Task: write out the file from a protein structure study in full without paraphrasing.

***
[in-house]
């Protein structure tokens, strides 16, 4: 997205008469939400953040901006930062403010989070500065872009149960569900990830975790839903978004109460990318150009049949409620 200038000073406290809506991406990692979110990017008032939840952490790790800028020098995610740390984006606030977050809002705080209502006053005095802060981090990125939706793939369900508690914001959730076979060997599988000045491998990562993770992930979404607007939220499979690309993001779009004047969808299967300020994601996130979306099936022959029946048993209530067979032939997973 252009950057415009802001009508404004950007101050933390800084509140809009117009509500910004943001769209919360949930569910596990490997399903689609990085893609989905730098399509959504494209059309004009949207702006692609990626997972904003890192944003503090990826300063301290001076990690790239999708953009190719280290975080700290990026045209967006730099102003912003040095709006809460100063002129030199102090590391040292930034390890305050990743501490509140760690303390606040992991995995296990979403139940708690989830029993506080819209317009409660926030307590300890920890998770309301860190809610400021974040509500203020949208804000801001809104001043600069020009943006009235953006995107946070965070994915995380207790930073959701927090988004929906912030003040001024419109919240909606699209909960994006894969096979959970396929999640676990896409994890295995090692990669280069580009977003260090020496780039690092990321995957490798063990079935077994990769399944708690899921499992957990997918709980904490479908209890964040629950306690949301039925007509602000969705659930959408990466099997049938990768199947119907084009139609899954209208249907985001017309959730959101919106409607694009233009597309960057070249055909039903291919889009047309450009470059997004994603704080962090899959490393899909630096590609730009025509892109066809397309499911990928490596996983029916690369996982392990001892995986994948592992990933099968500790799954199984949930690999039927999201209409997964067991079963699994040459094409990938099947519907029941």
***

[in-house]
């Protein structure tokens, strides 16, 4: 997205008469939400953040901006930062403010989070500065872009149960569900990830975790839903978004109460990318150009049949409620 200038000073406290809506991406990692979110990017008032939840952490790790800028020098995610740390984006606030977050809002705080209502006053005095802060981090990125939706793939369900508690914001959730076979060997599988000045491998990562993770992930979404607007939220499979690309993001779009004047969808299967300020994601996130979306099936022959029946048993209530067979032939997973 252009950057415009802001009508404004950007101050933390800084509140809009117009509500910004943001769209919360949930569910596990490997399903689609990085893609989905730098399509959504494209059309004009949207702006692609990626997972904003890192944003503090990826300063301290001076990690790239999708953009190719280290975080700290990026045209967006730099102003912003040095709006809460100063002129030199102090590391040292930034390890305050990743501490509140760690303390606040992991995995296990979403139940708690989830029993506080819209317009409660926030307590300890920890998770309301860190809610400021974040509500203020949208804000801001809104001043600069020009943006009235953006995107946070965070994915995380207790930073959701927090988004929906912030003040001024419109919240909606699209909960994006894969096979959970396929999640676990896409994890295995090692990669280069580009977003260090020496780039690092990321995957490798063990079935077994990769399944708690899921499992957990997918709980904490479908209890964040629950306690949301039925007509602000969705659930959408990466099997049938990768199947119907084009139609899954209208249907985001017309959730959101919106409607694009233009597309960057070249055909039903291919889009047309450009470059997004994603704080962090899959490393899909630096590609730009025509892109066809397309499911990928490596996983029916690369996982392990001892995986994948592992990933099968500790799954199984949930690999039927999201209409997964067991079963699994040459094409990938099947519907029941």